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Michcioperz

– Falsehoods programmers believe about UUID ordering in ClickHouse

588 words, ~3 minutes

This is another one of those posts where I accept that things just are the way they are, but write down things for others, so that the Google query “clickhouse uuid ordering” or “clickhouse uuid sorting” isn’t completely devoid of relevant results.

Recently I got to tinker with a ClickHouse database. I’m still new to it, but I guess you can tell it’s a good database cause the client prompt is a :) smiley.

I’m pretty sure we can all also agree that UUIDs are pretty cool, and much cooler than incrementing IDs.

So, anyway,

Did you know that ClickHouse’s ordering of UUIDs is not lexicographic?

A quick hopefully reproducible example:

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CREATE TABLE uuids (uuid UUID) ENGINE = MergeTree() ORDER BY uuid;
INSERT INTO uuids SELECT generateUUIDv4();
INSERT INTO uuids SELECT generateUUIDv4();
INSERT INTO uuids SELECT generateUUIDv4();
INSERT INTO uuids SELECT generateUUIDv4();
INSERT INTO uuids SELECT generateUUIDv4();
INSERT INTO uuids SELECT generateUUIDv4();
INSERT INTO uuids SELECT generateUUIDv4();
INSERT INTO uuids SELECT generateUUIDv4();
INSERT INTO uuids SELECT generateUUIDv4();
INSERT INTO uuids SELECT generateUUIDv4();
INSERT INTO uuids SELECT generateUUIDv4();
INSERT INTO uuids SELECT generateUUIDv4();
INSERT INTO uuids SELECT generateUUIDv4();
INSERT INTO uuids SELECT generateUUIDv4();
INSERT INTO uuids SELECT generateUUIDv4();

This should be enough to get us some data to look at. Now, because of how we created the table, the data is already ordered by the uuid column, but let’s still make sure:

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SELECT * FROM uuids ORDER BY uuid;

And the result I get is:

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2b01a395-d282-4647-89d9-c27555e0c8b5
811ba197-f29c-4d8b-8a74-3c2e7ee5fdcf
0acc6e01-4830-4763-8da7-78a18114d728
3d73ae42-c32f-4ccf-90d1-65853387e166
66fe2326-d376-414b-91d5-a271eaa460e6
81da6af2-3f52-4e80-9508-05653f689ec4
3506b5a0-b7e9-4b45-9556-1dfaba8612ce
74139452-3074-4fa2-98ee-52b18d1b6e94
890992ca-72b6-4a72-a131-b25c432c5009
c0f17764-c675-40af-ab03-ce7b13e253e4
3ee8fcbc-e062-4cf3-af0a-1c64910ff7c5
638117ba-6686-4ff3-b549-552735bc5939
545dc444-2fe7-4a0e-b976-62bc8a9ef0a8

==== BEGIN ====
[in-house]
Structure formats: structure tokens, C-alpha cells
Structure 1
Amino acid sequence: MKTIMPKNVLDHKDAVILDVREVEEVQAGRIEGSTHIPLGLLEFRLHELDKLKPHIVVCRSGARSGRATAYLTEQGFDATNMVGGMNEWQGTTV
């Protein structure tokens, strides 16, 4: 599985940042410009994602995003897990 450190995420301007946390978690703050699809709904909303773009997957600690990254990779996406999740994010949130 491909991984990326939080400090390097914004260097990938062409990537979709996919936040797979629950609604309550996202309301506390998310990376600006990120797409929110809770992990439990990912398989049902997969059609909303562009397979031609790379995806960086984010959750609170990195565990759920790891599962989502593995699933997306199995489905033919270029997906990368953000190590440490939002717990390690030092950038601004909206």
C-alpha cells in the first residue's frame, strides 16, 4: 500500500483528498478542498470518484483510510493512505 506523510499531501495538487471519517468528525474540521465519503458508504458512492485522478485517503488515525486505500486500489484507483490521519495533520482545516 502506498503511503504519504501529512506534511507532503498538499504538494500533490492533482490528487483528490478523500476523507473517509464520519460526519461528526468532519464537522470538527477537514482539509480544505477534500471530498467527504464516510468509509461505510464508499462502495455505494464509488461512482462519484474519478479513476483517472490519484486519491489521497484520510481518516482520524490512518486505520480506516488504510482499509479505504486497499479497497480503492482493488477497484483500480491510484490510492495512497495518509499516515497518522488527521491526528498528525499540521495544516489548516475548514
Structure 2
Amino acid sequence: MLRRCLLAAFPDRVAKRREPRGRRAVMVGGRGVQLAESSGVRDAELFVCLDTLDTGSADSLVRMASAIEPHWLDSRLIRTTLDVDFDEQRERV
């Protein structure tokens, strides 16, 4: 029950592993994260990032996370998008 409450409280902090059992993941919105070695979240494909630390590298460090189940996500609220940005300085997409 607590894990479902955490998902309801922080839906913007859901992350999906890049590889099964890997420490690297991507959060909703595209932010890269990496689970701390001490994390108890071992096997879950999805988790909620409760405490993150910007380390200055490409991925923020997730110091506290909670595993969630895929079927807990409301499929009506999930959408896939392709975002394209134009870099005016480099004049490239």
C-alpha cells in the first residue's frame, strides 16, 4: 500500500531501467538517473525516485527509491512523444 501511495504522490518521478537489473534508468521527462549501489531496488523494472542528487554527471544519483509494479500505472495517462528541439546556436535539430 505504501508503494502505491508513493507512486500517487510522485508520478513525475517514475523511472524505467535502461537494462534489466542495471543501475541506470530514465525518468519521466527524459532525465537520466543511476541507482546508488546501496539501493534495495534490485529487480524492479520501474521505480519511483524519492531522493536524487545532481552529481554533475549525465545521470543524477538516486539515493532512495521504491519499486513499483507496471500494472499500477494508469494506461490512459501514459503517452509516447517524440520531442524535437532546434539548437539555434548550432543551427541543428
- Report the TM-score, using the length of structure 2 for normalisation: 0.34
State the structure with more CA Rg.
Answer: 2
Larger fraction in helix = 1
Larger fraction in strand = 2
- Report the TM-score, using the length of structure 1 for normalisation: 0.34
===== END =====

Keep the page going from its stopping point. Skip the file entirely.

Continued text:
429698d8-7145-45a3-bb57-96370ad5397a
c108587f-45e3-446c-be6d-c2c09462dead

Not particularly sorted to the human eye, is it? What we expected is probably more like this:

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SELECT * FROM uuids ORDER BY toString(uuid);
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0acc6e01-4830-4763-8da7-78a18114d728
2b01a395-d282-4647-89d9-c27555e0c8b5
3506b5a0-b7e9-4b45-9556-1dfaba8612ce
3d73ae42-c32f-4ccf-90d1-65853387e166
3ee8fcbc-e062-4cf3-af0a-1c64910ff7c5
429698d8-7145-45a3-bb57-96370ad5397a
545dc444-2fe7-4a0e-b976-62bc8a9ef0a8
638117ba-6686-4ff3-b549-552735bc5939
66fe2326-d376-414b-91d5-a271eaa460e6
74139452-3074-4fa2-98ee-52b18d1b6e94
811ba197-f29c-4d8b-8a74-3c2e7ee5fdcf
81da6af2-3f52-4e80-9508-05653f689ec4
890992ca-72b6-4a72-a131-b25c432c5009
c0f17764-c675-40af-ab03-ce7b13e253e4
c108587f-45e3-446c-be6d-c2c09462dead

But it’s different! Hopefully this will never be useful to you, but if you or someone you know writes code where the ordering of UUIDs matters (this also applies to aggregate functions like min and max), you have to pay special attention to it unfortunately.

Frequently screamed questions

What the hell? Is the ordering here stable? How are they ordered anyway?

Yeah, actually, if you look closely at the first result list, you should be able to spot the pattern. Which is, that you can split the digits of the UUID into two groups AAAAAAAA-AAAA-AAAA-BBBB-BBBBBBBBBBBB and then the data is ordered lexicographically by (B, A) tuple.

And I guess it makes sense to some extent. The UUID type in ClickHouse is typedef’d to a 128-bit unsigned integer. Most of the machines people run ClickHouse on are 64-bit, and I imagine there are some shenaningans in the part that converts between the string representation and the integer value that cause the two halves of the number to be swapped.

How can this hurt me? How did you discover this?

I was looking into a bug where the affected feature paginated through a query. It would fetch certain items ordered by a (timestamp, uuid) tuple in batches of 10 at a time, and then get another batch by filtering items which were larger in ordering. This will work fine if you use the same ordering in both ORDER BY and WHERE parts of your solution.

In the affected application, stringified ordering was used. However, a query optimizer in the application saw WHERE toString(uuid) < 'previous-best-uuid', and decided that stringification was unnecessary. It didn’t touch the ORDER BY clause though. This caused the database to incorrectly filter rows, skipping some unprocessed rows as well as repeating some already processed rows.

I guess the bigger lesson here is that when you paginate by a cursor, you have to be confident that filtering and ordering compare elements the same way. Which is not easy when you have a behaviour like what ClickHouse does here.